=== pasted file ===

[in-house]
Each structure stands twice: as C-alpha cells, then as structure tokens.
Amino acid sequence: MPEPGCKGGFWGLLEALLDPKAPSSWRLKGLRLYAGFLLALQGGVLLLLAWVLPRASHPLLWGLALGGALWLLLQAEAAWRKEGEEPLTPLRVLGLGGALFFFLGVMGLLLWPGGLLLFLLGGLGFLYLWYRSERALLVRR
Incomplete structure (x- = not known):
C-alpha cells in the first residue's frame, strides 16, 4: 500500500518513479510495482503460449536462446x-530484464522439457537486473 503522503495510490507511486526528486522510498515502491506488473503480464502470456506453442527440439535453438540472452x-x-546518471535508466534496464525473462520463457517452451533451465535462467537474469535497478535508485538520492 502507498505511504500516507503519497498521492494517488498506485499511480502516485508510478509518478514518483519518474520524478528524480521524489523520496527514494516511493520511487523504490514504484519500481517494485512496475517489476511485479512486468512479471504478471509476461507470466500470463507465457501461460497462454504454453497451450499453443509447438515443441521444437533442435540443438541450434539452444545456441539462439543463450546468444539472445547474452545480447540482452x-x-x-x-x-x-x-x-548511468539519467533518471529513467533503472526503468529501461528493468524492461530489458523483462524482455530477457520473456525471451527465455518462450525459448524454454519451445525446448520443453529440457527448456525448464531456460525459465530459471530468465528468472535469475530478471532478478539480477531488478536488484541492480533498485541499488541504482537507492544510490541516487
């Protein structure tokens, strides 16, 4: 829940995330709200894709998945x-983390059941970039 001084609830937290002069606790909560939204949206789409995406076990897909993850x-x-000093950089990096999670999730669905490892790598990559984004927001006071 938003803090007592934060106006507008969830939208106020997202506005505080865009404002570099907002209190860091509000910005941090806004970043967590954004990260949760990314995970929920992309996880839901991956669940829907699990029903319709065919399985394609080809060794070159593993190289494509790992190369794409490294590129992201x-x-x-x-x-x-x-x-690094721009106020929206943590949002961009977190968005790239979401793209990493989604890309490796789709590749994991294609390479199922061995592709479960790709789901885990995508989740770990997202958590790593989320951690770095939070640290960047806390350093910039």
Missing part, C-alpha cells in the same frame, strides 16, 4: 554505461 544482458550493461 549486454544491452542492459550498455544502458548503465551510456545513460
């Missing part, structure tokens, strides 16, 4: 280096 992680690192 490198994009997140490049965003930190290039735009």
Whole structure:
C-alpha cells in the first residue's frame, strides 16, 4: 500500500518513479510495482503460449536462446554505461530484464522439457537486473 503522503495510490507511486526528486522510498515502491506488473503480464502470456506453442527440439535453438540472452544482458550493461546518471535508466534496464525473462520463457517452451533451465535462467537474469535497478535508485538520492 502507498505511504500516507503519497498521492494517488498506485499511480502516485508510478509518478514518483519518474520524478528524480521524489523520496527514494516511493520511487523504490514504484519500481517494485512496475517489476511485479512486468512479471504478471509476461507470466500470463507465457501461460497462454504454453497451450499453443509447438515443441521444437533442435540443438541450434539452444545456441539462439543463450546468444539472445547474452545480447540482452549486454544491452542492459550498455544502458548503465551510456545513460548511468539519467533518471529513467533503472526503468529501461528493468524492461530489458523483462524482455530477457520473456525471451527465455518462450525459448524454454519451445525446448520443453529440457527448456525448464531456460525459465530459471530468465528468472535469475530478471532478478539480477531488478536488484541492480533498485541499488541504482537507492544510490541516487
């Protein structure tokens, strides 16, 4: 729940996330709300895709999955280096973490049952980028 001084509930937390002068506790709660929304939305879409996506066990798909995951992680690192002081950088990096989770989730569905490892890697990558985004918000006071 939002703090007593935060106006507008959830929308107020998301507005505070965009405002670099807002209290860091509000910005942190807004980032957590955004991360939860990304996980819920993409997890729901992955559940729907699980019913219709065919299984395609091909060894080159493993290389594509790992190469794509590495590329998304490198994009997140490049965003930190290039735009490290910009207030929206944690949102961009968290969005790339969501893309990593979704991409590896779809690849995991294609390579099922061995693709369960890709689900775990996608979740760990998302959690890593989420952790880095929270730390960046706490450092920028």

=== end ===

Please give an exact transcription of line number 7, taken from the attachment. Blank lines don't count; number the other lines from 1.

Missing part, C-alpha cells in the same frame, strides 16, 4: 554505461 544482458550493461 549486454544491452542492459550498455544502458548503465551510456545513460